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A note for our readers: the views reflected by the authors do not reflect the views of ASPA.
By Mary Hamilton
In his recent book, Rethinking Public Administration: The Case for Management, Richard Clay Wilson, Jr. argues that government at all levels is ‘managerially deficient.’ He supports his claim with several striking examples and explains how we can restore management to its rightful position in government.
Wilson, former city manager of Santa Cruz, Calif., also has a lot to say about how public administration schools fail public managers. His argument has significant implications for how we educate public managers; but those topics are for future columns. This column will focus on Wilson’s ‘case for management.’
(Spoiler alert: Wilson pokes holes in the conventional wisdom that politics and administration are one and the same AND in my opinion, provides the best descriptions I’ve seen of the respective roles of elected officials and administrators without denigrating either.)
Back to the focus of this column.
Maybe Government Should be More Like Business??
Wilson argues that in business and nonprofits the assumption is that organizational performance has something to do with management. “Not so in government,” he says, “the assumption in government is that outcomes result from the performance of elected officials.” If we like the officials, we praise the outcomes; if we don’t, we blame them. In other words, “the controlling world view is a simple one: Management is for the private sector; politics is for the public sector.”
In addition, Wilson contends that in the public sector we “suffer from a collective inability to distinguish between what is political and what is managerial.” For example, Congress working on telecommuting policies for federal employees. A political issue? It sounds much more like one that would be better handled by government managers so that Congress could use its time for more vital national issues which are political.
Politics Reigns Supreme
He acknowledges the primacy of politics when he argues that political values ALWAYS trump other values. Rightly so—he says, and I agree. However, the dominance of politics does not excuse managers from tending to the management of public institutions in order to produce high quality performance.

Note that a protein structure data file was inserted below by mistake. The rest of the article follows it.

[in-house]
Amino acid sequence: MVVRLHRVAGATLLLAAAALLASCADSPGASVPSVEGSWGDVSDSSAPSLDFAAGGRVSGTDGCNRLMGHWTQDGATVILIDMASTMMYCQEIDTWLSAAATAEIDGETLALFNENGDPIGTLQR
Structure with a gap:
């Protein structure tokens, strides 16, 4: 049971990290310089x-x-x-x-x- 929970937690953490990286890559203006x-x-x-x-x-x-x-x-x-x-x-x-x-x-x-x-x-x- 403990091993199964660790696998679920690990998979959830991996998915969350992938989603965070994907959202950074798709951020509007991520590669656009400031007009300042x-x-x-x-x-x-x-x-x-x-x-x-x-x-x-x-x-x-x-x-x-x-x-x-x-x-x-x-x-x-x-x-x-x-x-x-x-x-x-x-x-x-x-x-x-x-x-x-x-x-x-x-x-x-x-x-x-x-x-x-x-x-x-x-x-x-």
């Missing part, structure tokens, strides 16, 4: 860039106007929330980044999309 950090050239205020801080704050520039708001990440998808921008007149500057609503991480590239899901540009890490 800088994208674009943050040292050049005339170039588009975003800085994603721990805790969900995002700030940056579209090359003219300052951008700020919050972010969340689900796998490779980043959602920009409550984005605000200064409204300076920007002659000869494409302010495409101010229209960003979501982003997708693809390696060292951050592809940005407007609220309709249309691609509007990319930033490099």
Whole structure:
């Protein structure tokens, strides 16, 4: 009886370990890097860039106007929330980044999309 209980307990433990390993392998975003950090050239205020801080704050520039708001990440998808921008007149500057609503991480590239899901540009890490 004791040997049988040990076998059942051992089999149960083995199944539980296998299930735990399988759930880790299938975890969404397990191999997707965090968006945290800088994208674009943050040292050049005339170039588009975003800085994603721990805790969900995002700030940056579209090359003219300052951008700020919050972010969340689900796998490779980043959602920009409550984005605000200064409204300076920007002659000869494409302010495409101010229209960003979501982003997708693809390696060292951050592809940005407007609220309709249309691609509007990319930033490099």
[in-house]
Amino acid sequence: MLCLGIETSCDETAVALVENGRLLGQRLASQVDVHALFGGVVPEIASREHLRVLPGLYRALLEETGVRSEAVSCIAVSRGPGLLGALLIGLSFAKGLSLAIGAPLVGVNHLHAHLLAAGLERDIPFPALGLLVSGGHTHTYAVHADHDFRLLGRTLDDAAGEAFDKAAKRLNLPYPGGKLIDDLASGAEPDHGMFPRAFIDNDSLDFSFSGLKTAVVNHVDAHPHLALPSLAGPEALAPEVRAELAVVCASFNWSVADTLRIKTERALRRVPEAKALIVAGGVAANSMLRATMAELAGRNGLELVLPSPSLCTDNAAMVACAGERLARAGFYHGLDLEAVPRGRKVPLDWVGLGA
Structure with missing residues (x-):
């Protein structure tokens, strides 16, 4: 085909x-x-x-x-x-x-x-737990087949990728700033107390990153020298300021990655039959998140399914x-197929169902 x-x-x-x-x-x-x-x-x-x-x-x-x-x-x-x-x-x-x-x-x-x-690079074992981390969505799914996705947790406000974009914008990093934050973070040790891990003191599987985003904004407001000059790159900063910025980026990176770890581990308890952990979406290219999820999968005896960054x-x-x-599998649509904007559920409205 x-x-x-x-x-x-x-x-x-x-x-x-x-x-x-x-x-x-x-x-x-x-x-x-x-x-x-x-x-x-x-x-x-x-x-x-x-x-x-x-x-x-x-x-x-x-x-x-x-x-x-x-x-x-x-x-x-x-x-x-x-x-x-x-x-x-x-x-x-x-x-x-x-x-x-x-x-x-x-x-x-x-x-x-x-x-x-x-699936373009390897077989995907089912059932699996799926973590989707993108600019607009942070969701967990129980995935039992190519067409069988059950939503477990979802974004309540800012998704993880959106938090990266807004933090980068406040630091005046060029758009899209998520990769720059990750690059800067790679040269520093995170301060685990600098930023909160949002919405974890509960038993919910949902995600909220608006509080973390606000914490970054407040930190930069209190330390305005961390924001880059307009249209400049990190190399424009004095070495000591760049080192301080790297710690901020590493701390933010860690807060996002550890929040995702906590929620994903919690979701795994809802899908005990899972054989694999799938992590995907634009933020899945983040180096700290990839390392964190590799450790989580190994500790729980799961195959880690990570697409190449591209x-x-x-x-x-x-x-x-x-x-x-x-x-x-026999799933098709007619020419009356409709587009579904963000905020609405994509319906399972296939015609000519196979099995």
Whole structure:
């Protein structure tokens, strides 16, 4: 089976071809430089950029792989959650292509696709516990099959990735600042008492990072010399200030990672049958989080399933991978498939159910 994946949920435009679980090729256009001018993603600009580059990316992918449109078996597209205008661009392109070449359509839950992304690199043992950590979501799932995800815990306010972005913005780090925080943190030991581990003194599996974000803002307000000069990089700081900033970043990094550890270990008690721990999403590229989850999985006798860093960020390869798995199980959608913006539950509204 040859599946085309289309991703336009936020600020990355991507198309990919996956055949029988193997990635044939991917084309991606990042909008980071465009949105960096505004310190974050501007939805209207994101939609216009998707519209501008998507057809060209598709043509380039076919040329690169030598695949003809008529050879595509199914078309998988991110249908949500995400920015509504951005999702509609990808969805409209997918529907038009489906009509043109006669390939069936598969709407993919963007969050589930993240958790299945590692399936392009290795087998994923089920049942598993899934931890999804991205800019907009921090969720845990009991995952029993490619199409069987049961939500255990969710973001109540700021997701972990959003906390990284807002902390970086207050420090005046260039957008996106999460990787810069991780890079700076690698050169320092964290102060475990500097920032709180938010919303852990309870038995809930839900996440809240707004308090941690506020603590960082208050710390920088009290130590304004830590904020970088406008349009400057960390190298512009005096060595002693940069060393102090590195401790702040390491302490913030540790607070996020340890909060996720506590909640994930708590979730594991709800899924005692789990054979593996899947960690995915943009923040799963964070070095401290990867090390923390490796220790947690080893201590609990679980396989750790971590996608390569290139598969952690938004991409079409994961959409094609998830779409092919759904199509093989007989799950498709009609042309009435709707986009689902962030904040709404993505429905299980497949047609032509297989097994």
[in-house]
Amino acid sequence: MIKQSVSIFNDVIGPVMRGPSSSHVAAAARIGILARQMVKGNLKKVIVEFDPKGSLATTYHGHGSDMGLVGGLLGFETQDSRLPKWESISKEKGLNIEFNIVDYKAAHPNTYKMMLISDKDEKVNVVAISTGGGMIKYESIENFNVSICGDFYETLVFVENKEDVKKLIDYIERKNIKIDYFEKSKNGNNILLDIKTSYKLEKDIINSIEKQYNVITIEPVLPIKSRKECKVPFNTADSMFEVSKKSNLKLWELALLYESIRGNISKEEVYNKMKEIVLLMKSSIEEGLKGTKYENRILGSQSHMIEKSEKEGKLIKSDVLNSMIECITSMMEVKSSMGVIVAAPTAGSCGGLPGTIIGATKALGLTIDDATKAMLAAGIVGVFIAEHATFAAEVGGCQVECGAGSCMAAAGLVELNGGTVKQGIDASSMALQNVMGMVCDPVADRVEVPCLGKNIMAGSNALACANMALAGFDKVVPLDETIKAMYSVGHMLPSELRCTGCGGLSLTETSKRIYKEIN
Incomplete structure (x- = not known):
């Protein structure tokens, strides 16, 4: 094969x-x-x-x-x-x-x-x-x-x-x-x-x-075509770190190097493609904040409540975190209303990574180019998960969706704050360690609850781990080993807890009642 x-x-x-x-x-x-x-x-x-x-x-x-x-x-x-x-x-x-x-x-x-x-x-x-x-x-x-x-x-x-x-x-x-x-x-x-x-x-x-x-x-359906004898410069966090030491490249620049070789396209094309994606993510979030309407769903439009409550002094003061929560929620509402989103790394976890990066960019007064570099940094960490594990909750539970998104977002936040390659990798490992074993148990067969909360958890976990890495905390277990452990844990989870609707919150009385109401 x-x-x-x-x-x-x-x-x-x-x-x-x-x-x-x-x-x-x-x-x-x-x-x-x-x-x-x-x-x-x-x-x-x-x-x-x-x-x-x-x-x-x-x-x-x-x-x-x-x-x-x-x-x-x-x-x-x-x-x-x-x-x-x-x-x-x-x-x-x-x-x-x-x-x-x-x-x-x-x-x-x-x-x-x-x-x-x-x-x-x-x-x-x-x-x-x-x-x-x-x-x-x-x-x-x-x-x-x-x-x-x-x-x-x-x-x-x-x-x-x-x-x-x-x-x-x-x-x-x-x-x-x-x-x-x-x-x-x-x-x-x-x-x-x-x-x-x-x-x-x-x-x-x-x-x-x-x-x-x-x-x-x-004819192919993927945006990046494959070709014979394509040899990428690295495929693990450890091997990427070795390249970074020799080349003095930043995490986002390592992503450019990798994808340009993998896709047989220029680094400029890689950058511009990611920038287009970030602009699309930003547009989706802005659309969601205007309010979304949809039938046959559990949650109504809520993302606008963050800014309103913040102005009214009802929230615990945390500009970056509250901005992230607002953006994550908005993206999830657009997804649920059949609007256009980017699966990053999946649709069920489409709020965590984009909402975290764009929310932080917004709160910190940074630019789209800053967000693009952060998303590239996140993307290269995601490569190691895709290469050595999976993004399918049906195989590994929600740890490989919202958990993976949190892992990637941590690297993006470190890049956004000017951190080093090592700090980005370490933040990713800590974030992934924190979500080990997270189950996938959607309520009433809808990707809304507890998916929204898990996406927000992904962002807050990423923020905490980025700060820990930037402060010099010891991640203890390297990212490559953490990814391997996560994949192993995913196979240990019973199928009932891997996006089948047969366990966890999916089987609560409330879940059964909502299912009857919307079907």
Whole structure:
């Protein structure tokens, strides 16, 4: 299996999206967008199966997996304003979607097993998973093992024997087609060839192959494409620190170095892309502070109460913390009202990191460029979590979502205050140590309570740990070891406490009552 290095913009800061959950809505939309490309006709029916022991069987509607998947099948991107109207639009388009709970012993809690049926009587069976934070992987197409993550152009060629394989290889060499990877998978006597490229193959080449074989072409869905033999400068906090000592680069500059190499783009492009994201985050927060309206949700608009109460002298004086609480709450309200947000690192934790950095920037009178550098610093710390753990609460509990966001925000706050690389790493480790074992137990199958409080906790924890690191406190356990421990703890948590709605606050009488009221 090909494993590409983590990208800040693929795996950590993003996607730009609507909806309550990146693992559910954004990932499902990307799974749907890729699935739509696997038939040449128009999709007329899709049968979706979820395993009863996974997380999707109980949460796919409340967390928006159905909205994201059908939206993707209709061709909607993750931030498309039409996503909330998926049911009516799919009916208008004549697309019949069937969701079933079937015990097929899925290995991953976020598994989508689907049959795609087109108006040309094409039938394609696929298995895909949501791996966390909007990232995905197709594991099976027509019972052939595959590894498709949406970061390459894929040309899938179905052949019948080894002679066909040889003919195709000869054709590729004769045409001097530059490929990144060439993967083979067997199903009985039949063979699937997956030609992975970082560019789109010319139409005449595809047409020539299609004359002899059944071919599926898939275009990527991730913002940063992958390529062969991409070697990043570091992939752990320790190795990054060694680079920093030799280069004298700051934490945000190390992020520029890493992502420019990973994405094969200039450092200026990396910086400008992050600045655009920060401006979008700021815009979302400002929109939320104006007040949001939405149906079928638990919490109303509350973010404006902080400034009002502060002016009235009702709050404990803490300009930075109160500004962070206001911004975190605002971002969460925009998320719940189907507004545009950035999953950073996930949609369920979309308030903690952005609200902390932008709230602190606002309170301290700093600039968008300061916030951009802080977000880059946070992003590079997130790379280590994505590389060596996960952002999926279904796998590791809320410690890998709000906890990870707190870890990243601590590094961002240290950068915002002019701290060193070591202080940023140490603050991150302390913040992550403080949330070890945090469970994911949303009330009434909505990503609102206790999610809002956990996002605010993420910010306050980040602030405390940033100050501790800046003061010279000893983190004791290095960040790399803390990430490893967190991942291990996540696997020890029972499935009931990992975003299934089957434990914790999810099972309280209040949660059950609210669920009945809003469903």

So what to do if you are a public manager? You already know that politics reigns supreme and the public sees government as poorly managed and government managers as overpaid, incompetent and/or lazy sycophants. You have already had plenty of experience attempting to get the attention of your political bosses to clarify guidance and/or make a management recommendation about a proposed policy. You have been trumped numerous times by political values. You also know that you have no authority to effect actions that will improve your program/organization’s performance. Moreover, you have a government structure (especially at the federal level) that makes no sense and gets in its own way. Finally, you have a plethora of rules and regulations that frequently tie your hands. What to do?
Whither Top Management in Government?
Wilson spends more than half of his book responding to that question. He laments that: “Government’s career managers are much underrated and under equipped.” Nevertheless, he says, “the future of government will, to a great extent, be the future of its management.”
If government managers, he argues, do not focus on organizational outcomes and performance, no one in government will. Politicians do not have the time and it is not their role. In effect, there is no top management in government. Some politicians try to play that role, but the smart ones soon learn that they do not have the time and, if they are smart, they understand that they also do not have the skills. However, few elected officials understand that the best way to improve government is to “do their political work . . . and structure government institutions to enable career executives and managers to perform managerial work.”
What Strong Management Would Do
So it comes back to the career executives and managers. Wilson argues, “the most formidable responsibility facing career public sector executives and managers, individually and collectively, is to compensate for the absence of top management.” Obviously career people “cannot, must not and dare not, fill the top management role themselves.” However, he asserts, “Career executives must (and career managers should) think like top management even if they cannot act like top management.”
In a section titled “What Would Strong Management Do?” Wilson recommends the following:
Overall, Wilson is arguing that management should consistently be a voice for “more effective” not for “more” and should consistently and professionally state things in management terms, not political ones.
The Big Picture
Elaborating on #6 above, Wilson says, “executives must know, across the spectrum from broad purposes to detailed implementation, what they would do if they were suddenly blessed with reasonable measures of authority.” (Emphasis is mine). This means focusing on big picture results. “Every executive and manager should have a personal list of the top-management decisions he would make if he could. It should be constantly reviewed and updated.”
Wilson recommends that these lists have three categories —all of them intended to be part of the “big picture view.”
Now It’s Up to YOU
Why would you, a seasoned, sane career executive or manager pay any attention to these recommendations? Why not dismiss them as trite and unrealistic? You should pay attention because:
So what do you think? Is Wilson’s argument compelling, irritating, unrealistic, inspiring? Let me know.
Author: Mary R. Hamilton, senior executive in residence at the University of Nebraska at Omaha. She can be reached at [email protected].